Season’s Greetings everyone
If you are like me you are probably wondering how we made it to December so quickly.
When reflecting on some of the highlights for the Commission this year, I am mindful that they all have been achieved by working with you, our partners.
In April, we released Changing attitudes, changing lives, which outlined 18 options for system reform to address stigma and discrimination for people experiencing problematic alcohol and other drug use. The report showed that stigma and discrimination cause significant harm and act as barriers to people seeking help to make changes in their lives. We are working with our partners to implement these options for reform.
We started an important public conversation about alcohol and drug system reform following a delegation to Lisbon, Portugal in June. Portugal takes a health, rather than a criminal justice response to small quantities of illicit drug possession for personal use, and the trip was an opportunity to see how this works in practice. Portugal’s 17 years’ experience in dealing with drug use in this way has resulted in major benefits, for people using drugs for recreational purposes and those with an addiction, including freeing up police resources, reducing demand on the court and prison systems, and particularly seeing the addiction rates for adolescents and young people on the decline.
The public conversation and media interest in drug safety testing at the upcoming Queensland Festivals and providing a health response to those caught with small quantities of illicit drugs for personal use in the broader community is gaining more traction every day. I have been able to present the challenges and benefits of this approach to Queenslanders in various radio interviews recently. People are interested in this discussion and we need to continue to be part of it.
The Queensland Mental Health and Drug Advisory Council hit the road this year, holding meetings in Longreach and Townsville. These regional visits included valuable time for meeting local stakeholders and hearing their perspectives. Personally, when visiting drought-affected areas such as Longreach, I am always impressed by the level of hope, resilience, passion and vision the local people exhibit.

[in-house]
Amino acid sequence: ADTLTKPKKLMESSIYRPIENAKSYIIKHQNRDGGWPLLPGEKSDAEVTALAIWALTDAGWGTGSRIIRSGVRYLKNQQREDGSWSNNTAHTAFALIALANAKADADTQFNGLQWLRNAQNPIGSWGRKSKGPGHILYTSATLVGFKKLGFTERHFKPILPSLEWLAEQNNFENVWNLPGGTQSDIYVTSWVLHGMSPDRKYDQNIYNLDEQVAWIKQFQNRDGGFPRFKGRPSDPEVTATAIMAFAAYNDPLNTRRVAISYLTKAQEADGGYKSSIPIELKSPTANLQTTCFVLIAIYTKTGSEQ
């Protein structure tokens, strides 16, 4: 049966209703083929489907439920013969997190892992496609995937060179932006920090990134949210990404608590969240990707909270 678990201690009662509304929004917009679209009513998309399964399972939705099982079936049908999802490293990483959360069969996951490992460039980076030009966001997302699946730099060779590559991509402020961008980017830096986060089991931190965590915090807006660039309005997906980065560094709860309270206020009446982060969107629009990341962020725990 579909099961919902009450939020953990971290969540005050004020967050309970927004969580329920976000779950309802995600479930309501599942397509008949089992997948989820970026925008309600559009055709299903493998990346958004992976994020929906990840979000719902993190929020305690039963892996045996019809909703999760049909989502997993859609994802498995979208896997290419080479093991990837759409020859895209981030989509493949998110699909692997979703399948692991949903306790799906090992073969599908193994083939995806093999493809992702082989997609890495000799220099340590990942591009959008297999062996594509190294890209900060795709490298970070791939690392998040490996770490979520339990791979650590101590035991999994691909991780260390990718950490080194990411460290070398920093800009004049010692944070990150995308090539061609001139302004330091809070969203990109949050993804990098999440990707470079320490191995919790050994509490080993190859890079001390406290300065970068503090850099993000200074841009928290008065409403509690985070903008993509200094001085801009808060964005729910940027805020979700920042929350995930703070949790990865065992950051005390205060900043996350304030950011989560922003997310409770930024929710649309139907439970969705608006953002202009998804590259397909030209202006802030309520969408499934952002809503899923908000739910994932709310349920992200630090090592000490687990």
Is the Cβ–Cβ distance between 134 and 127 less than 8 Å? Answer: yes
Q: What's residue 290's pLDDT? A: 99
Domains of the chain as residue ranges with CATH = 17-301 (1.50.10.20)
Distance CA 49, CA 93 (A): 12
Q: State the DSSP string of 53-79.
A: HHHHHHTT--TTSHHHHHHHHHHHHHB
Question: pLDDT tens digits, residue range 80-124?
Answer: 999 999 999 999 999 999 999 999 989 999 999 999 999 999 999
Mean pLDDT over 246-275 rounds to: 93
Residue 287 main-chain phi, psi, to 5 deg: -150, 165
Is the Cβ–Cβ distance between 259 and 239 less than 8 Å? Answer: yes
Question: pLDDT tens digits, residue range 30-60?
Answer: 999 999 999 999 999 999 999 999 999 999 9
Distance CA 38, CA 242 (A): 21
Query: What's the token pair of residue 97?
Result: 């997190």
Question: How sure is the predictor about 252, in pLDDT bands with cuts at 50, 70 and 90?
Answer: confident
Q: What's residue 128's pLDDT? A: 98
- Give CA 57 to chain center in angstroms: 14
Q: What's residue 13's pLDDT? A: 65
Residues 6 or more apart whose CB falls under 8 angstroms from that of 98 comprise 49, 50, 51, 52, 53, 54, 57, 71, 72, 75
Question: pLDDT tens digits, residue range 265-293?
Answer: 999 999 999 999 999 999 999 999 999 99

The release of Queensland’s renewed mental health, alcohol and other drugs plan, Shifting minds, in November was the culmination of months of work by many people from across all sectors. As I said at its launch, as important as this plan is, it’s the shared ownership by people—you, me, us—who will make reform happen. With our collective vision articulated in the plan, the task for early 2019 is to develop an implementation roadmap.
Bringing Queensland leaders in the mental health, AOD and suicide prevention areas together in late November for the Leading Reform Summit rounded out the year. The calibre of presenters and delegates gives me great confidence that we have a common vision, that we have joint ownership of the reform agenda and that we can achieve the system reform we’ve outlined in Shifting minds. The summit videos and presentations are available on our website.
Take a look at the presentations from Leading Reform 2018 >>
This year, I’ve been privileged to meet many of you who are working towards helping all Queenslanders achieve positive mental health and wellbeing. I am always inspired by the lengths people in our sector go to, to make a difference, and I sincerely thank you for this.
Finally, as Christmas is upon us, I urge you all to replenish, recharge, stay safe and continue to take care of each other.
Queensland Mental Health Commissioner